Crosland was seen as a leader and intellectual guru of the "right wing" or "social democratic" wing of the Labour Party in the 1970s. In April 1972 he stood for the deputy leadership of the party after Roy Jenkins resigned. He polled 61 votes of the Parliamentary Labour Party and was eliminated in the first round. The contest was eventually won by Edward Short, who defeated Michael Foot. Crosland was embarrassed by the national press in January 1973 when it emerged he had been given a silver coffee pot donated by disgraced corrupt architect John Poulson when opening a school in Bradford in January 1966. It later transpired that the pot was only silver-plated, and therefore of trivial value.
After Labour's return to power in March 1974, Crosland became Secretary of State for the Environment. He was instrumental in changing Transport policy on British Rail to be a higher fare fast intercity passenger service rather than its previous role as a general freight common carrier. He contested the leadership in March 1976 following Wilson's resignation, but polled only 17 votes and finished bottom of the poll. After his elimination, he switched his support to the eventual winner James Callaghan, who duly rewarded Crosland by appointing him Foreign Secretary on 8 April 1976.
According to John Macintosh, the Wilson and Callaghan governments were dominated by Crosland's views on equality:
“Crosland’s ideas continued to be almost unchallenged and dominated the Labour governments of 1964–1970 .... the Labour Government which came into office in 1974 edged back towards a Croslandite position ... if any ideas or policies could be said to have characterised Mr Callaghan’s very matter-of-fact and cautious government, they were the continuation of an approach which Crosland had set out in 1956.”
Early in his life Crosland had numerous affairs, including with Roy Jenkins.
Crosland married Hilary Sarson in November 1952, divorcing after five years, though the marriage had effectively ended after a year. Crosland had numerous affairs with other women. He remarried on 7 February 1964 to Susan Catling, an American from Baltimore resident in London whom he had met in 1956, and, in contrast to his first marriage, this was very happy and content. Susan Crosland was a successful writer. There were no children of either marriage, although Crosland's second wife had two daughters from a previous marriage. He persuaded his step-daughters to abandon their elite private schools to attend Holland Park Comprehensive. Susan Crosland died on 26 February 2011.
Crosland was a keen football fan and an avid viewer of the television show Match of the Day. He insisted on taking the then American Secretary of State Henry Kissinger, a well known football fan, to Blundell Park to watch Grimsby Town play Gillingham in April 1976 when the two met for the first time. In December 1976, when Kissinger bowed out after the Republican defeat, he went with Crosland to watch a football match at Stamford Bridge between Chelsea and Wolverhampton Wanderers.
Losing his seat in 1955 turned out to be a blessing in disguise for Crosland, as it enabled him (as C.A.R. Crosland) to write The Future of Socialism, published in autumn 1956. This proved to be a seminal work for the moderate British left. (A revised 50th anniversary edition was published in 2006.) In the book he outlined the need for traditional socialism to adapt to modern circumstances – a context from which the use of the term "revisionism" has its origins in Britain, despite the gradualism associated with the Fabian Society since the end of the nineteenth century.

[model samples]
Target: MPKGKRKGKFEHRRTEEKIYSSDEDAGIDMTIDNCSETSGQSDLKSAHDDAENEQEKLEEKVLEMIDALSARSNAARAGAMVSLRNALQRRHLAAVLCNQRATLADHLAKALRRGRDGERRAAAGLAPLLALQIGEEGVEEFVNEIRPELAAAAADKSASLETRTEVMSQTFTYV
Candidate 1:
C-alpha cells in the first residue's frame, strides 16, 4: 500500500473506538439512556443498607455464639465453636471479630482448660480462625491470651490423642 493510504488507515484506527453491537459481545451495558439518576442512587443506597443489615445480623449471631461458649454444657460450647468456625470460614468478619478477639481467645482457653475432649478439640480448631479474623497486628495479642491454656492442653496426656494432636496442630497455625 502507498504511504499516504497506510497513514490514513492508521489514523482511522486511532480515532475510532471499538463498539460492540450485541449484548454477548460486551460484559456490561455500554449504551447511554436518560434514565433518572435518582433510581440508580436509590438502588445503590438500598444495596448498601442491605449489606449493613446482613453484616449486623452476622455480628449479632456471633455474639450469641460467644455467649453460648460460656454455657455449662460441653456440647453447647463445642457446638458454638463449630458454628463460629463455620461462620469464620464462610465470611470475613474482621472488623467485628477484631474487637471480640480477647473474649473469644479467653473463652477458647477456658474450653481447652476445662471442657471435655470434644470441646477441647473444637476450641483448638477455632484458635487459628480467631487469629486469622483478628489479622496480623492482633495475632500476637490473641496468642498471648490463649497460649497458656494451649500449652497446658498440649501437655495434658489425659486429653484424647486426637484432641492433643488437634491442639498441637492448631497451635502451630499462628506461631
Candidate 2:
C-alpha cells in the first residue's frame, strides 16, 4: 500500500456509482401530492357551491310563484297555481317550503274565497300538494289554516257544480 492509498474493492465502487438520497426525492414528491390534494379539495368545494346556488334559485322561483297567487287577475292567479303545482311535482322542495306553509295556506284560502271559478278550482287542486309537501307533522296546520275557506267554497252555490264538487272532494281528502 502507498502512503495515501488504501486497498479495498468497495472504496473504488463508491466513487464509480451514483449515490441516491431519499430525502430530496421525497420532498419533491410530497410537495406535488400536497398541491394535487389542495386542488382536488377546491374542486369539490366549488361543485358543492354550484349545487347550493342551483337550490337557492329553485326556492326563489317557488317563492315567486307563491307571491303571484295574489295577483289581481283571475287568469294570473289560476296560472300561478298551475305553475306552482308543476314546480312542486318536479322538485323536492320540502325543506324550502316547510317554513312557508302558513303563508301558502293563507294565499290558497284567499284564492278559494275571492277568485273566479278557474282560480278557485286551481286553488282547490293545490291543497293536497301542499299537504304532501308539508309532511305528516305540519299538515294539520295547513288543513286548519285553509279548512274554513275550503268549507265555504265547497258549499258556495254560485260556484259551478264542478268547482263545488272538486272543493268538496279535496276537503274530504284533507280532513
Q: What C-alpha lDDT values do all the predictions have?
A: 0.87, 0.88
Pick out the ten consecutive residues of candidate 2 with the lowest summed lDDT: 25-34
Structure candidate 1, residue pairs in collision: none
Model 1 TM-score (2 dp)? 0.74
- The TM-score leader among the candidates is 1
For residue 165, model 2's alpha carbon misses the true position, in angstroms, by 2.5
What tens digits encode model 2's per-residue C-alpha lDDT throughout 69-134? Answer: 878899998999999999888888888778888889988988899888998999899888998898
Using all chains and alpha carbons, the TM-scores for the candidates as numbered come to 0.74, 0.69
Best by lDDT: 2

Labour revisionism turned out to be a powerful ideological tendency within the Party in the 1950s and 1960s, taking intellectual sustenance from the Crosland book, and political leadership from Hugh Gaitskell. Other important intellectuals included Douglas Jay, Roy Jenkins, and the writers who contributed to Socialist Commentary. The goal was to reformulate old socialist principles, and bring the Labour Party policies up to date with the changing British society and economy. Revisionism rejected the old view that socialism ought to be primarily identified with the ownership of the means of production. That meant that continuous nationalization was not a central goal. Second, was a series of political values focused on personal liberty, social welfare, and equality. Themes of destroying or overthrowing the rich and elite were downplayed in favor of policies of high taxation, more widespread educational opportunity, and expanded social services. Revisionists insisted on the necessity of a market-oriented mixed economy with a central role for capitalism and entrepreneurship.
Crosland was himself an active member of the Fabian Society, contributing to the New Fabian Essays, which saw the emerging generation of Labour thinkers and politicians attempt to set out a new programme for Labour following the Attlee governments of 1945 to 1951. In the 1951 essay "The Transition from Capitalism" he claimed that "by 1951 Britain had, in all the essentials, ceased to be a capitalist country" as a result of the establishment of the welfare state. In particular, Crosland wished to challenge the dominance of Sidney and Beatrice Webb in Fabian thinking, challenging their austere, managerialist, centralising, "top-down", bureaucratic Fabianism with a more liberal vision of the good society and the good life, writing in The Future of Socialism that "Total abstinence and a good filing system are not now the right signposts to the socialist utopia. Or at least, if they are, some of us will fall by the wayside".
Two further books of essays published by Crosland were The Conservative Enemy (London, Cape, 1962) and Socialism Now, and Other Essays (London, Cape, 1974).
Crosland and his wife bought a converted mill at Adderbury in Oxfordshire in 1975, as well as having a home at Lansdowne Road in Notting Hill, London. It was at Adderbury that he suffered a massive cerebral haemorrhage on the afternoon of 13 February 1977 whilst working on a paper on the Rhodesian situation. That evening, Crosland had intended to complete a major foreign policy speech on détente. The speech was subsequently delivered by his successor, David Owen, to the Diplomatic Writers Association on 3 March 1977.
Tony Crosland died in the Radcliffe Infirmary hospital, Oxford, on 19 February 1977 after being in a coma for six days. On 4 March 1977, his ashes were scattered at sea near Grimsby.
His papers are held at the London School of Economics.